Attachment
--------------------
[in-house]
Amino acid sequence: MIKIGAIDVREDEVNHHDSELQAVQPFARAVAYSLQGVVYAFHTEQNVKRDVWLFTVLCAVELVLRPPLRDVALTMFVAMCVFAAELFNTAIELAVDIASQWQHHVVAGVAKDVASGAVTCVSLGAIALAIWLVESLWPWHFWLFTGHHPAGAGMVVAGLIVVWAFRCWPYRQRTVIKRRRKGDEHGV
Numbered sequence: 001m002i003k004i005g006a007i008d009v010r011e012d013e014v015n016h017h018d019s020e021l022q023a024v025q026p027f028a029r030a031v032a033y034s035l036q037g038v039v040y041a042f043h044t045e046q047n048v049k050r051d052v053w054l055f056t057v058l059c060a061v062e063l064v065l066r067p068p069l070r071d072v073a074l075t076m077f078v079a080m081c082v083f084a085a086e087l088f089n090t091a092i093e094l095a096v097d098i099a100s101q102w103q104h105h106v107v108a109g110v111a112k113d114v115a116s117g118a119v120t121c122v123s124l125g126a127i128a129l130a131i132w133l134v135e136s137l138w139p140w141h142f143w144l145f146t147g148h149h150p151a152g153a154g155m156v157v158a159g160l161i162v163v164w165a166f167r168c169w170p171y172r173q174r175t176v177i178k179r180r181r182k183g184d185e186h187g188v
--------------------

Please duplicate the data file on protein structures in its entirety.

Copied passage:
[in-house]
Amino acid sequence: MIKIGAIDVREDEVNHHDSELQAVQPFARAVAYSLQGVVYAFHTEQNVKRDVWLFTVLCAVELVLRPPLRDVALTMFVAMCVFAAELFNTAIELAVDIASQWQHHVVAGVAKDVASGAVTCVSLGAIALAIWLVESLWPWHFWLFTGHHPAGAGMVVAGLIVVWAFRCWPYRQRTVIKRRRKGDEHGV
Numbered sequence: 001m002i003k004i005g006a007i008d009v010r011e012d013e014v015n016h017h018d019s020e021l022q023a024v025q026p027f028a029r030a031v032a033y034s035l036q037g038v039v040y041a042f043h044t045e046q047n048v049k050r051d052v053w054l055f056t057v058l059c060a061v062e063l064v065l066r067p068p069l070r071d072v073a074l075t076m077f078v079a080m081c082v083f084a085a086e087l088f089n090t091a092i093e094l095a096v097d098i099a100s101q102w103q104h105h106v107v108a109g110v111a112k113d114v115a116s117g118a119v120t121c122v123s124l125g126a127i128a129l130a131i132w133l134v135e136s137l138w139p140w141h142f143w144l145f146t147g148h149h150p151a152g153a154g155m156v157v158a159g160l161i162v163v164w165a166f167r168c169w170p171y172r173q174r175t176v177i178k179r180r181r182k183g184d185e186h187g188v